Molly Moorhead
By Molly Moorhead December 12, 2012

EU clamps down on Iran but Obama’s role is minor

As a candidate four years ago, Barack Obama promised to enlist the European Union in the effort to put financial pressure on Iran to end its nuclear ambitions. He said he would pressure the EU to stop providing big credit guarantees to Iran.

In October, he got his wish when EU foreign ministers took steps to punish Iran financially.

Citing nuclear proliferation concerns, the EU banned all financial transactions between European and Iranian banks unless they relate to humanitarian aid. It also prohibited the export of materials and metals used for industrial or military purposes.

On credit guarantees, the EU "also decided to stop supporting trade with Iran through new short-term export credits, guarantees or insurance. Medium- and long-term commitments were already previously prohibited,” according to a press release.

Jay Carney, the White House spokesman, told reporters when the sanctions were announced that the Obama administration was turning up the heat. "Rallying the world to isolate Iran and increasing the pressure on its leadership so that they stop pursuing a nuclear weapon has been a top priority for the president since the day he took office.”

But there's considerable disagreement about how effective Obama has been.

"Everything that's happened on European guarantees has happened internally in Europe or not at all,” said Danielle Pletka, a Middle East scholar at the conservative American Enterprise Institute. "He has not helped at all because he has no credit and no leverage.”

She also noted that earlier this year, when members of Congress pushed for tougher sanctions, Obama resisted, and the White House has granted numerous waivers to countries that continue to purchase Iranian oil in violation of sanctions.

Back to the promise at hand: Obama pledged to work with the EU to end credit guarantees to Iran. While his tactics may not be the reason, Obameter ratings are about outcomes and the EU did impose stringent financial sanctions. We rate this a Promise Kept.

Robert Farley
By Robert Farley January 6, 2010

Germany cracks down some on federal export credit guarantees to firms doing business with Iran

President Barack Obama spoke often in his first year in office about the need for the international community to tighten sanctions against Iran.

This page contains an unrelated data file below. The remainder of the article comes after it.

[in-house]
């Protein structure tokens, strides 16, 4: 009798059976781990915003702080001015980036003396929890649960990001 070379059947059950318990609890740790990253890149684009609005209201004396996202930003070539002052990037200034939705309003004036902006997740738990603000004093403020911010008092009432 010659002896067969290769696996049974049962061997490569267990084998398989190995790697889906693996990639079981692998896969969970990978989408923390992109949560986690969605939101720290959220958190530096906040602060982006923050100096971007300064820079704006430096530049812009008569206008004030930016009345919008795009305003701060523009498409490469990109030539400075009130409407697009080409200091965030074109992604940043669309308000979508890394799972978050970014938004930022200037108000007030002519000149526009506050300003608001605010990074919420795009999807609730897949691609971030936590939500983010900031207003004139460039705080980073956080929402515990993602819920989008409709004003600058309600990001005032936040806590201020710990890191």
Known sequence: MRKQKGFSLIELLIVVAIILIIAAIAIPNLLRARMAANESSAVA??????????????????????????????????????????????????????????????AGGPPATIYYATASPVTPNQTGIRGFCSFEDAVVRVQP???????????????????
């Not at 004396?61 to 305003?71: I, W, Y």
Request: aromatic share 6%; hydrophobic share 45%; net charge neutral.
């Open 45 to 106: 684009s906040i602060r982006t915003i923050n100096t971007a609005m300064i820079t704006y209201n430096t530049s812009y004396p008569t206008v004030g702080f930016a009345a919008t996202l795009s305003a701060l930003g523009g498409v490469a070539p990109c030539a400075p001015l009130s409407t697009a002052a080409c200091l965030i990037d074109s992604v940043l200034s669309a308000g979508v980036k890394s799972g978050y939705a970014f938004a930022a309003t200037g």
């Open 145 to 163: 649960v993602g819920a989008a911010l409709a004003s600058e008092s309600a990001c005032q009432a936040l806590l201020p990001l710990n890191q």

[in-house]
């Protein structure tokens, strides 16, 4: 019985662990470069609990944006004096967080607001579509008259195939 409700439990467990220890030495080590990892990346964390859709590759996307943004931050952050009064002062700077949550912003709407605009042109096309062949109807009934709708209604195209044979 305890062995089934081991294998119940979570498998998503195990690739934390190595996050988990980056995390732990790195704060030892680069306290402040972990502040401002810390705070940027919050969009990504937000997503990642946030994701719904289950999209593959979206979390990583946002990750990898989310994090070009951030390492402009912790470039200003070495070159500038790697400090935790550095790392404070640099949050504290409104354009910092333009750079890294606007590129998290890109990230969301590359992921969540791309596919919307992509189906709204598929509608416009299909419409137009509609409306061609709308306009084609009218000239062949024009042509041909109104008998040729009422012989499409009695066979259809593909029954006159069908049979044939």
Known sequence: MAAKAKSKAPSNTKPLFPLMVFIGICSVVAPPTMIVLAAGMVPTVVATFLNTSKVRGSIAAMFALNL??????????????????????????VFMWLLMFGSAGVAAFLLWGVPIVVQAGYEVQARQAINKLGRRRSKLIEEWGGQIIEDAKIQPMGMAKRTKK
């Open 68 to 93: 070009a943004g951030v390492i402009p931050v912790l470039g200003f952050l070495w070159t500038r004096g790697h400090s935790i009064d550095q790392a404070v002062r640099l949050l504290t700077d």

On Sept. 25, 2009, Obama, in a joint meeting with French President Nicolas Sarkozy and British Prime Minister Gordon Brown, announced that the three countries had presented evidence to the International Atomic Energy Agency that Iran has been building a secret uranium enrichment facility that would give it the ability to build a nuclear weapon.

Both Sarkozy and Brown said if serious change was not undertaken by Iranian leaders, they were prepared to implement further and more stringent sanctions.

But none of the three leaders spoke specifically about credit guarantees to Iran. And we couldn't find any public statements from Obama in which he talked in that level of detail about proposed sanctions.

For example, in his Nobel Prize acceptance speech on Dec. 10, Obama spoke in more general terms.

"But it is also incumbent upon all of us to insist that nations like Iran and North Korea do not game the system," Obama said that day in Norway. "Those who claim to respect international law cannot avert their eyes when those laws are flouted. Those who care for their own security cannot ignore the danger of an arms race in the Middle East or East Asia. Those who seek peace cannot stand idly by as nations arm themselves for nuclear war."

But that doesn't mean the Obama administration hasn't pushed European leaders in private.

In late January 2009, the German newspaper Handelsblatt reported that German Chancellor Angela Merkel instructed the economy minister to crack down on federal export credit guarantees to German firms seeking to do business with Iran, according to a Reuters story. The German paper reported that the move was made in reaction to pressure from the United States and Israel. Nonetheless, Germany continues to be one of Iran's strongest trading partners, and exports to Iran have risen.

President Obama has not made this promise a public priority, but Merkel's move suggests that conversations are occurring behind the scenes. And so we'll move this one to In the Works.

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